Continuing with this example, and in reference to FIG. 3, shortly after the first master 11 is granted tenure on the bus 1, the second master 12 submits a secondary request 21 for interaction with the first slave 14. Since the first master 11 has tenure on the bus 1, and there are no other requests outstanding, the second master 12 is scheduled for tenure on the bus 1 after the first master 11 concludes interaction with the first slave 14. Aspects of this relationship are depicted in FIG. 3, wherein the another master 13 asserts a tertiary request 22 (depicted in FIG. 4 and FIG. 5), which is awaiting completion of the first request 20.

Referring to FIG. 4, in this example, while the first slave 14 is processing data from the first master 11, the tertiary request 22 that is submitted by the another master 13 goes unsatisfied. In order for the first slave 14 to process the tertiary request 22 from the another master 13, the another master 13 requires data from the second slave 15. It is the requirement for data causes the another master 13 to submit the tertiary request 22 the second slave 15. However, since the first master 11 has tenure on the bus 1 and the second master 12 is next in line, the second master 12 will not receive tenure on the bus 1. This typically results in the deadlock situation.

Referring now to FIG. 5, a more specific example of the foregoing deadlock situation is depicted. In FIG. 5, a CPU (M0) is the first master 11. An L2 Cache Unit (S0) is the first slave 14. The L2 Cache Switch Interface (used to resolve misses) is the another master 13. An MMU (S1) is the second slave 15. In this example, the first master 11 (the CPU) is accessing the first slave (the L2 cache switch (S0)) via the first request 20, a cache access. The result of the accessing is a cache miss. In order for the cache access by the CPU to be completed, the L2 cache switch must receive data from the second slave 15 (the MMU (S1)), via the second request 22. However, the only way for the L2 Cache Unit (S0) to receive data from the MMU is for the cross point switch 10 to grant tenure on the bus 1 to the L2 Cache Switch Interface (Ms). Since the CPU (M0) already has tenure on the bus 1 and is waiting for data form that L2 Cache Unit (S0), the L2 Cache Switch Interface (Ms) will never be granted tenure on the bus 1. The deadlock situation arises because of the data inter-dependence.

The deadlock situation may also be referred to anywhere herein as a “deadlock condition,” as a “system conflict,” as a “resource conflict,” or simply as a “conflict.”

There are a number of techniques that may be used to mitigate the frequency of deadlock situation occurrences. Various examples include as assigning priority levels and committing to round-robin scheduling tenure on the bus 1. However, experience has shown the deadlock situation will arise regardless.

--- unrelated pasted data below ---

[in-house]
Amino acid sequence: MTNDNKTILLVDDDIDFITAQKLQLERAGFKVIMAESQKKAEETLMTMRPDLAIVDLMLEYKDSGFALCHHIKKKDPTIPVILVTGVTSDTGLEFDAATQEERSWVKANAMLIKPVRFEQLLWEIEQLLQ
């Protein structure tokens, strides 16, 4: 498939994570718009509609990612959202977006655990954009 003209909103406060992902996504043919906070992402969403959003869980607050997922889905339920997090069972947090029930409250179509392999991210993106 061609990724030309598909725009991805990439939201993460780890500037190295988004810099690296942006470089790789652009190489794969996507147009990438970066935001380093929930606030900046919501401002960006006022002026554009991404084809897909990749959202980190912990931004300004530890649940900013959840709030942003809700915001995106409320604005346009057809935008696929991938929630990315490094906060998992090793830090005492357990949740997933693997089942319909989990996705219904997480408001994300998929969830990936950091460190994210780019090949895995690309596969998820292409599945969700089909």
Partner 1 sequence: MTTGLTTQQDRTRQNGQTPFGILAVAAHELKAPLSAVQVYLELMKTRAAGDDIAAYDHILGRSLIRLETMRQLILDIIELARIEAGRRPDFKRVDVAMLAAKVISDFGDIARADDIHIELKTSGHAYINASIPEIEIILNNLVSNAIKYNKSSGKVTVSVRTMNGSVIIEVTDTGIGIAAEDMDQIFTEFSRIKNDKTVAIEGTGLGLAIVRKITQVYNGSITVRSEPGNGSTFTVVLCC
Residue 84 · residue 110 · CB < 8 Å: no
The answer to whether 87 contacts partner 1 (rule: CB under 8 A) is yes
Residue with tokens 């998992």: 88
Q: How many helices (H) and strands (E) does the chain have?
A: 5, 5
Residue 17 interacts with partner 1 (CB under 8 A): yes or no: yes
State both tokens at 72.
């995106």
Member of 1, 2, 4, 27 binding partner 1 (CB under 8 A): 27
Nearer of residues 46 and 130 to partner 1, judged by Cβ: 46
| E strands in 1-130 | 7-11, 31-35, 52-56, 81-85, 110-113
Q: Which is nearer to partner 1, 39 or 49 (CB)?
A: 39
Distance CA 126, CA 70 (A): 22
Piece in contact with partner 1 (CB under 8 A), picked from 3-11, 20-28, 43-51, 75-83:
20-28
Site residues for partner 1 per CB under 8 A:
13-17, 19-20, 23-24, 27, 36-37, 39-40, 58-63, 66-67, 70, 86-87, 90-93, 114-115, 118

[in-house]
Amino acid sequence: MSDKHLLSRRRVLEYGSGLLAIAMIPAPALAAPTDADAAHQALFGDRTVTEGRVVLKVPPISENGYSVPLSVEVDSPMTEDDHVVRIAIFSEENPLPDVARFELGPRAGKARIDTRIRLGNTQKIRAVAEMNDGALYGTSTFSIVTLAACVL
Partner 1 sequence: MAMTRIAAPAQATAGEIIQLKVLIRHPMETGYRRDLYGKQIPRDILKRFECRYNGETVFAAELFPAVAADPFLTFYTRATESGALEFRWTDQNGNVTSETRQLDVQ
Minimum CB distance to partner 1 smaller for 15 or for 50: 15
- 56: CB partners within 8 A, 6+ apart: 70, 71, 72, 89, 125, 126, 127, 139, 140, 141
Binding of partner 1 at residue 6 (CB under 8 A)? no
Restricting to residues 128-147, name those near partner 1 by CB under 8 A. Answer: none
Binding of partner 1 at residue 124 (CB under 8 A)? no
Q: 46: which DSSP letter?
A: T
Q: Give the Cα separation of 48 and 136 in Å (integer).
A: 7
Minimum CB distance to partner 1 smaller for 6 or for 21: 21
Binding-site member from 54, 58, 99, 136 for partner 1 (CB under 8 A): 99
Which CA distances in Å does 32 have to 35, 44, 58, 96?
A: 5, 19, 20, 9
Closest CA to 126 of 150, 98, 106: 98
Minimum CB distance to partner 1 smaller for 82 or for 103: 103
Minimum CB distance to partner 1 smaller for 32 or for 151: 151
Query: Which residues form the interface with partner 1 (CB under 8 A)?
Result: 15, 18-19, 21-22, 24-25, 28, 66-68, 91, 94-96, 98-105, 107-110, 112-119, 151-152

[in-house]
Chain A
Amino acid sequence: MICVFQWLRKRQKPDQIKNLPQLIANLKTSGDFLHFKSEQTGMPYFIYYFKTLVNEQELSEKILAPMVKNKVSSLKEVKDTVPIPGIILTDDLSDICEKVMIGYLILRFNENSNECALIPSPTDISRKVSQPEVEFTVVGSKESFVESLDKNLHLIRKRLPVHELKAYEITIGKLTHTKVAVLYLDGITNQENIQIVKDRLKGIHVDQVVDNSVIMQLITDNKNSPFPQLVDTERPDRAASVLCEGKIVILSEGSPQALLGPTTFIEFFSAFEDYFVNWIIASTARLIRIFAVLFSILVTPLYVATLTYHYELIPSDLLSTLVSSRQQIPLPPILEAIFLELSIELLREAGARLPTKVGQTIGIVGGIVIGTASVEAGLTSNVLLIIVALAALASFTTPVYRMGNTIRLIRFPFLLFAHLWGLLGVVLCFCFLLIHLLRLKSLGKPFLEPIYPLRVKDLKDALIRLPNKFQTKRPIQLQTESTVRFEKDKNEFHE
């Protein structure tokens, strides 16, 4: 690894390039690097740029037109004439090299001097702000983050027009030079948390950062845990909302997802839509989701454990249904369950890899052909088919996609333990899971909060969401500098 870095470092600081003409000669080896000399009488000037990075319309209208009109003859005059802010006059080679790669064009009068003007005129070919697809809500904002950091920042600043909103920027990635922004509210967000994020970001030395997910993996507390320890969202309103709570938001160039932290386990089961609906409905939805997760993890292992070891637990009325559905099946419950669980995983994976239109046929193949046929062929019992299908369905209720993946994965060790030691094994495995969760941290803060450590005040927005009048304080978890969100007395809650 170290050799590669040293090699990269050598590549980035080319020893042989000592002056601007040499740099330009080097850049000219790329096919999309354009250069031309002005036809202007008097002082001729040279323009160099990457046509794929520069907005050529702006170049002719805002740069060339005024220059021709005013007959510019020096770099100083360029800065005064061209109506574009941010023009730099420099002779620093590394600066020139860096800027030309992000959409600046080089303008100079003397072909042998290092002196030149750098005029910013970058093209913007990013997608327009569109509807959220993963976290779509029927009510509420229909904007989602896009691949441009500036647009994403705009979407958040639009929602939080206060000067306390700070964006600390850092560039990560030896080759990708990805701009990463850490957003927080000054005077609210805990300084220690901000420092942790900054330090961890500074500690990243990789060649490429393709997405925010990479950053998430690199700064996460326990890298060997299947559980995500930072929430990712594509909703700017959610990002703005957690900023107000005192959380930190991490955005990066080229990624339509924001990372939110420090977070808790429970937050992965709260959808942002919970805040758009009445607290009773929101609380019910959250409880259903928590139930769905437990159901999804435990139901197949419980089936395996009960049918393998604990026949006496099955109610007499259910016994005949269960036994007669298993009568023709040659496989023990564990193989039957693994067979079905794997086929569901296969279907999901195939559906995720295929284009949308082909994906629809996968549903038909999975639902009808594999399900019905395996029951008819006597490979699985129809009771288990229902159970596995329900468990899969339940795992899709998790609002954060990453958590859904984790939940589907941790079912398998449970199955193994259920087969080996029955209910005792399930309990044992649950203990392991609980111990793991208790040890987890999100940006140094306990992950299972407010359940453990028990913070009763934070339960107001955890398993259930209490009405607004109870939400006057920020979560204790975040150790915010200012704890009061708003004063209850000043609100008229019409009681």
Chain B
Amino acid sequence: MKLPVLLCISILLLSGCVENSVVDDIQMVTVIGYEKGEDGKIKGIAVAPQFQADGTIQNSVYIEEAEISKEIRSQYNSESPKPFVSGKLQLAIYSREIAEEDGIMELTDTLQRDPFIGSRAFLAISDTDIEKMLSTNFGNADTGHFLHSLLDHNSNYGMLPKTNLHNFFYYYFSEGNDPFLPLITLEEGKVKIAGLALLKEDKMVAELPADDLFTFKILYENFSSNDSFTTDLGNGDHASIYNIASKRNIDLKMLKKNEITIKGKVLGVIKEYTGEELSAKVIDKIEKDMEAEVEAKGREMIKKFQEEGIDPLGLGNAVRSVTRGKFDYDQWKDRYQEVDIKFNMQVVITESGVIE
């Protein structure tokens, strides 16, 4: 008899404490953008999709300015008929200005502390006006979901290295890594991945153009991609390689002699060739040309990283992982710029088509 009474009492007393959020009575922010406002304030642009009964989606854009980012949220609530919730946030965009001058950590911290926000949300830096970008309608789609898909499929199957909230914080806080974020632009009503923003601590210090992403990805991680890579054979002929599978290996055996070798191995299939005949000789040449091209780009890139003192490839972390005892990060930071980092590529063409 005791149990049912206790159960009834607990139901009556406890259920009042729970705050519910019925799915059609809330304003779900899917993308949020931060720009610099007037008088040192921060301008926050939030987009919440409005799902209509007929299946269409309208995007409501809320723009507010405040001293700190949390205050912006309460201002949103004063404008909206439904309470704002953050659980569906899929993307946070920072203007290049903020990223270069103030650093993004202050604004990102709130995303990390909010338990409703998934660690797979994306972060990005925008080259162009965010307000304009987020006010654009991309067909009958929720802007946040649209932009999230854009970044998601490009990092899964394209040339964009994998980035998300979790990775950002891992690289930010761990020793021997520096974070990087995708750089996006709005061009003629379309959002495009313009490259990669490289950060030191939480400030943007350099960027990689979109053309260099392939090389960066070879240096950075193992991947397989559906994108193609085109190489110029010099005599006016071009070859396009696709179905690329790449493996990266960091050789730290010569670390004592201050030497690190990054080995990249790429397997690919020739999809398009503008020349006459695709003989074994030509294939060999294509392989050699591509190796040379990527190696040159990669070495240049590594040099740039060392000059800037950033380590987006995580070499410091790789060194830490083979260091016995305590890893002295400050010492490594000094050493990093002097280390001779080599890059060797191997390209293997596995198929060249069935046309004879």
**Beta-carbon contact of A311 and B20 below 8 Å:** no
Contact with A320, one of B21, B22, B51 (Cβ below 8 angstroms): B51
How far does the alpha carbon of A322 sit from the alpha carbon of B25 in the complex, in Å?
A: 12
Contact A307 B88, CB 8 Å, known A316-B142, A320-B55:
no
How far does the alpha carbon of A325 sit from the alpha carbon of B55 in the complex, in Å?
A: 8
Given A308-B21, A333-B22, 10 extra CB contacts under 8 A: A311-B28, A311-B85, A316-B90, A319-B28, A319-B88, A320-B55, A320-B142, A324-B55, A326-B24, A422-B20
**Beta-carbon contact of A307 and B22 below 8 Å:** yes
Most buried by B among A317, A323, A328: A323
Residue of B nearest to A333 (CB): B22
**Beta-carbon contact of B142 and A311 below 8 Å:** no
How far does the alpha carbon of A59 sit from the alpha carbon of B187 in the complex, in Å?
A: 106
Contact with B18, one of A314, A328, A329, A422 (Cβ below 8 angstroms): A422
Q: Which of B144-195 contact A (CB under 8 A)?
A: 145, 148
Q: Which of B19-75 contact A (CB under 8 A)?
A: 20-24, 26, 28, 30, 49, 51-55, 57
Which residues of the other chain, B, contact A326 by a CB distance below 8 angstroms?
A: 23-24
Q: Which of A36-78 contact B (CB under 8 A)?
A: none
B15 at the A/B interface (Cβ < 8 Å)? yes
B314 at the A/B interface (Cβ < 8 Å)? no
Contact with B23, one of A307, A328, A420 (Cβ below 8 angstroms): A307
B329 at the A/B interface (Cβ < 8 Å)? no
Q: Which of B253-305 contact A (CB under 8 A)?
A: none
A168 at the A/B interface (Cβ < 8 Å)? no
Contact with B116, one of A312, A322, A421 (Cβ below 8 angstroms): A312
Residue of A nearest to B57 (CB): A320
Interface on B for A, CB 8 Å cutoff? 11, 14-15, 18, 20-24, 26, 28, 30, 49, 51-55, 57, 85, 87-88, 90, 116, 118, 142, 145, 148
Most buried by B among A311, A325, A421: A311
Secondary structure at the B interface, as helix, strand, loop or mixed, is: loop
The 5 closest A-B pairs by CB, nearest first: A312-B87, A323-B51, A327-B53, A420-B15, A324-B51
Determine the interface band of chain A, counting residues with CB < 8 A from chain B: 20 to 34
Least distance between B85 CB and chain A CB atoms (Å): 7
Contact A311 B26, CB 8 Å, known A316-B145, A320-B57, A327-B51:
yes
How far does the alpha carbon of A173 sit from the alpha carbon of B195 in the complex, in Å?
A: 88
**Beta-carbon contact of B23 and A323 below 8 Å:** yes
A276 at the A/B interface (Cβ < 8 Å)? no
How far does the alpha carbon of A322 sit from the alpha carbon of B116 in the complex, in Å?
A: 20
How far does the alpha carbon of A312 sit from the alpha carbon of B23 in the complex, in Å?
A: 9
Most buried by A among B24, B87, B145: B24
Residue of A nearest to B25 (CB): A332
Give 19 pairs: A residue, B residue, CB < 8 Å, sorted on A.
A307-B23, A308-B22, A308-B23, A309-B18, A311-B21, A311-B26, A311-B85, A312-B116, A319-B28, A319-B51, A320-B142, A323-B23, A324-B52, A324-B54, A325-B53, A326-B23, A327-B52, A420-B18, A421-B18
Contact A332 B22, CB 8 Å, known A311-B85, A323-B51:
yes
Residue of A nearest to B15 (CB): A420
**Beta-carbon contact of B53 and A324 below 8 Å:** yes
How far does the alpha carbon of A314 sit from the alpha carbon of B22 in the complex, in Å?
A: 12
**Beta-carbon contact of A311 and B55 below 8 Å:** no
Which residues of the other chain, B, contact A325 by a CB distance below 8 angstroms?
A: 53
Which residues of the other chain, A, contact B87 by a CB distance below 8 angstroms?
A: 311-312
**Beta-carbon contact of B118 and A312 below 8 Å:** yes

The dynamic arbitration controller as disclosed herein provides for the recognition deadlock situation and the resolution thereof. Typically, the dynamic arbitration controller references the current state of arbitration and compares the current state against a set of “deadlock registers.” Exemplary deadlock registers include programmable DCR registers that contain arbitration states that will result in a deadlock situation. If the dynamic arbitration controller finds a match between the current state of arbitration and a content of a deadlock register, dynamic arbitration controller will take actions to alleviate the deadlock situation. One example of actions that may be taken is described below. Incorporation of the dynamic arbitration controller provides for use of a cross point switch in the system on a chip environment while avoiding problems associated with the deadlock situation.

FIG. 6 depicts aspects of the same example given above with reference to FIGS. 1 through 5. The dynamic arbitration controller 100 solves the problem of the deadlock situation by identifying interdependencies, such as those described above. The dynamic arbitration controller 100 does this by checking the current arbitration state in the arbiter against a record of known arbitration states 105 that will cause the deadlock situation to occur.

Identification of arbitration states that may cause the deadlock situation is completed through the use of known techniques. In non-limiting examples, various chip design or other simulators are employed. By use of such techniques, the record of known arbitration states 105 may be assembled. Programming the record of known arbitration states 105 is likewise completed using known techniques.